• Agreement on what needs to be done in order to get items into “Ready for development”/”Ready for Sprint”

V) Communication:
• Team understands the bigger picture – i.e. the vision beyond the current Sprint

VI) Ideation:
• New, high-level user stories are discussed and added to the Product Backlog
• Bringing together members of the business and technical team to discuss ideation facilitates collaborative product development within a cross-functional team

GENERAL FORMAT OF THE PBR SESSION
I) Timing:
• Regular – product priorities/understandings are dynamic. The product backlog must therefore be responsive to change. It is recommended that PBR sessions are held every Sprint or 2
• Scheduled – Typically mid Sprint in order to avoid conflict with the Sprint Planning/Show and Tell/Retrospectives
• Duration – Timeboxed – typically to 1.5 – 2 hours

II) Participants:
• The Product Owner is primarily responsible for the Product Backlog. The Scrum Master is responsible for facilitation and the removal of obstacles. Attendance of both is therefore mandatory
• Team members – invited – however attendance is optional. Details of which stories will be discussed in the session should be provided in advance (this enables users to decide whether or not to attend)
• Small number of stakeholders can be invited to assist with prioritisation. Representation from both the business and technical team is preferred

III) Agenda:
• The entire product backlog is not discussed. Instead the agenda should cover items that are likely to come up in the next 3-4 Sprints
• The session should aim to achieve the following:
•• Agreement on story breakdown/high level definition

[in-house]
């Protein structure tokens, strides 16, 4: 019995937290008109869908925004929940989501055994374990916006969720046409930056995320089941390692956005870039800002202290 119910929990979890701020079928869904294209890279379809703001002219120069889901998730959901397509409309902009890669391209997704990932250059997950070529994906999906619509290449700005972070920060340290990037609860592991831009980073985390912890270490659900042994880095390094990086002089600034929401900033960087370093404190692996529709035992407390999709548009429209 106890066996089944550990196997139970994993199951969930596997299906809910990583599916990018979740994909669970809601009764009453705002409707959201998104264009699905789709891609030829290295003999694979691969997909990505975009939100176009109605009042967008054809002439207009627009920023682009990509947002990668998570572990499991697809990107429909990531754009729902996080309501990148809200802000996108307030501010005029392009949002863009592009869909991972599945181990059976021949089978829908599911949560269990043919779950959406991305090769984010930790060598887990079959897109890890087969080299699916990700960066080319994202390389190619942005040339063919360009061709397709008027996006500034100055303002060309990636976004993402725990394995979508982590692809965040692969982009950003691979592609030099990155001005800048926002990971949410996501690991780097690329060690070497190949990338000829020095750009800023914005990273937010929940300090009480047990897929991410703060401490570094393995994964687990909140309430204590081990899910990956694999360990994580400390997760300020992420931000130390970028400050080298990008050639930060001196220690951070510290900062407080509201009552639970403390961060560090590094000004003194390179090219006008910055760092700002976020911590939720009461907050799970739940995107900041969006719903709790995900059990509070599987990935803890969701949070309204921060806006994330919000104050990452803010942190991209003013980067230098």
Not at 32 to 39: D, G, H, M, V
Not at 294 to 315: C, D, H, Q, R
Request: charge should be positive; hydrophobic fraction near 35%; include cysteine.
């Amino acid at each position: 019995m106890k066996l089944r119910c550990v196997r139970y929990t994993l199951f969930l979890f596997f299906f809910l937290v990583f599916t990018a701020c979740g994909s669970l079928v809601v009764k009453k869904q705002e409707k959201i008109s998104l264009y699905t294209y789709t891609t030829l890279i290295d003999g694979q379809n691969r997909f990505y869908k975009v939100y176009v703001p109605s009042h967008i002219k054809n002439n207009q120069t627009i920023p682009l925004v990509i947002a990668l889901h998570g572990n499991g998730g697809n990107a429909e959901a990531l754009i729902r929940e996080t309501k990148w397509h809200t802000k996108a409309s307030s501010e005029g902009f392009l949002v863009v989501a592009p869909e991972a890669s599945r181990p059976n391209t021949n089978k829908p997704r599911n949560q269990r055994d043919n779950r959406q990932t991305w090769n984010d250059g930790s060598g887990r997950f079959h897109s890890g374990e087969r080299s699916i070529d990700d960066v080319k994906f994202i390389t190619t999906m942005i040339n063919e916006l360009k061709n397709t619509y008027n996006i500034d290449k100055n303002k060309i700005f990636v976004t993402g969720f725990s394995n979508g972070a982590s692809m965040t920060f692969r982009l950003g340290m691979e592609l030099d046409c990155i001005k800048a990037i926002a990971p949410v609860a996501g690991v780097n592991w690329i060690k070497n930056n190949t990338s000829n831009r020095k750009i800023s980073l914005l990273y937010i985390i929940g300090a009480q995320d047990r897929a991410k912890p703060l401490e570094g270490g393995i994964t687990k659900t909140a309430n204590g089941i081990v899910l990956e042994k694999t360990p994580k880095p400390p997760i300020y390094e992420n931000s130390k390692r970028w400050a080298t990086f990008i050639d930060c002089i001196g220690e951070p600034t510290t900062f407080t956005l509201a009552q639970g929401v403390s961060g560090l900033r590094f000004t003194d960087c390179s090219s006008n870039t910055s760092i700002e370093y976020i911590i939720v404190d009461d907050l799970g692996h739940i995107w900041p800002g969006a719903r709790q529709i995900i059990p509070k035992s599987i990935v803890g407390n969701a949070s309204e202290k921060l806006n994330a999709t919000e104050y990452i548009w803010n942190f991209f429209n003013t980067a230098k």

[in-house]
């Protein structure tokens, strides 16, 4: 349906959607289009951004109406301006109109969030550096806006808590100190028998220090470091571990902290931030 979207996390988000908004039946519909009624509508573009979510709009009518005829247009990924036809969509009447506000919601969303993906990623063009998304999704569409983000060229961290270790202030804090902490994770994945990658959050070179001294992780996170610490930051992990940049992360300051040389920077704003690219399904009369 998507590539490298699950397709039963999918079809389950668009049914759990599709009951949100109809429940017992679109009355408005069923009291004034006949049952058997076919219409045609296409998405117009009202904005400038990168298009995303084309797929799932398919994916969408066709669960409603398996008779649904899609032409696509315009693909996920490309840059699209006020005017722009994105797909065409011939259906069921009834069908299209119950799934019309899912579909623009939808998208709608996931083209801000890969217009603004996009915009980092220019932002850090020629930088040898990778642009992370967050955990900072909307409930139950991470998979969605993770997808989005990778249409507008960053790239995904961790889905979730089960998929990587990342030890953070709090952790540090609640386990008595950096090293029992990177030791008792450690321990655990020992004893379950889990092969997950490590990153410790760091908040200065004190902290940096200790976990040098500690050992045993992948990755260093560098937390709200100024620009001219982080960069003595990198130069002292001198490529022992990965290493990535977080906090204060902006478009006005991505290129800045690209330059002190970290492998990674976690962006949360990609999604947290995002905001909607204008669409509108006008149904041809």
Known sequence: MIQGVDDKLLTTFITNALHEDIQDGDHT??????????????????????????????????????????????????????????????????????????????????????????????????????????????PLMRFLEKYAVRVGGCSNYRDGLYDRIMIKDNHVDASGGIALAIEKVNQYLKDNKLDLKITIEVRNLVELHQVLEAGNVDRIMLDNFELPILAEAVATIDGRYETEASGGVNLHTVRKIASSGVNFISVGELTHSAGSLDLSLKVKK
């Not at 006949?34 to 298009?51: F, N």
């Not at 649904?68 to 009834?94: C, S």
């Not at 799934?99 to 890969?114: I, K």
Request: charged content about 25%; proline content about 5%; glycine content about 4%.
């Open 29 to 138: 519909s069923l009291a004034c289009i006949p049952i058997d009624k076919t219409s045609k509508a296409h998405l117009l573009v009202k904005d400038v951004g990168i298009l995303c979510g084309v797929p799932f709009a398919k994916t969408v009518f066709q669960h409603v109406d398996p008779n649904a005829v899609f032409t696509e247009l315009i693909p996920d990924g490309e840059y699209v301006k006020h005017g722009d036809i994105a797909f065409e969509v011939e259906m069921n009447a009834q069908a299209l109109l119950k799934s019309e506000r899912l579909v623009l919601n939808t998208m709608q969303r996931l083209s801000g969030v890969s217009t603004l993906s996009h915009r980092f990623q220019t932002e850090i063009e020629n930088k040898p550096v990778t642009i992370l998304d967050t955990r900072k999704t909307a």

•• High-level estimation
•• Item prioritisation
•• Agreement on actions necessary to get items into a “Ready” state
•• Discussion of any new ideas
• At a high level – the aim of the PBR session is to ensure that items in the Product Backlog meet the DEEP criteria (Detailed Appropriately, Estimated, Emergent and Prioritised)

Applying Agile principles to requirement analysis

23 May

Background

The Agile methodology originated within the software development industry. Since its inception in 2001 – Agile has expanded beyond an initial developer-centric community – to being embraced by multi-discipline teams working across numerous industries.

The antecedent of Agile within IT was the Waterfall methodology. The Waterfall framework consisted of a series of sequential, discrete phases – with each phase conveniently mapped to a role/responsibly:

Analysis Phase             -> Requirement Analysis (Business Analysts/Product Owners)

Design Phase                -> UX (Designers/Usability Experts)

Development Phase  -> Software Development (Developers)

Testing Phase               -> QA (Manual Testers and Developers in Test)

Delivery Phase             -> Release Management (Project Managers)

Due to the increasing popularity of Agile – requirement analysis has been encouraged to transition from being a stand-alone phase owned by BAs/POs – to become a project facet that can incorporate Agile principles.

In what ways can requirement analysis adopt Agile principles?

Collaborative requirement analysis

Prior to Agile – the practice of the development team being presented with an upfront, non-negotiable, detailed requirements document (BRD/functional specification etc) was common. With the advent of Agile – requirement analysis should no longer be restricted to the interaction between BAs/POs and the business – instead we should embrace collaborative requirement analysis:

A popular collaborative requirement technique is the “3 Amigos”.  This process involves the developer, BA and QA discussing the requirement specification in a workshop. Each Amigo will offer a unique perspective – through discussions the Amigos will identify edge cases, undefined requirements, opportunities and potential reuse. The 3 Amigos technique can also reduce the risk of incomplete features being pushed into development by the product team – requirement specifications must be pulled into development when they have been reviewed and accepted by the 3 Amigos.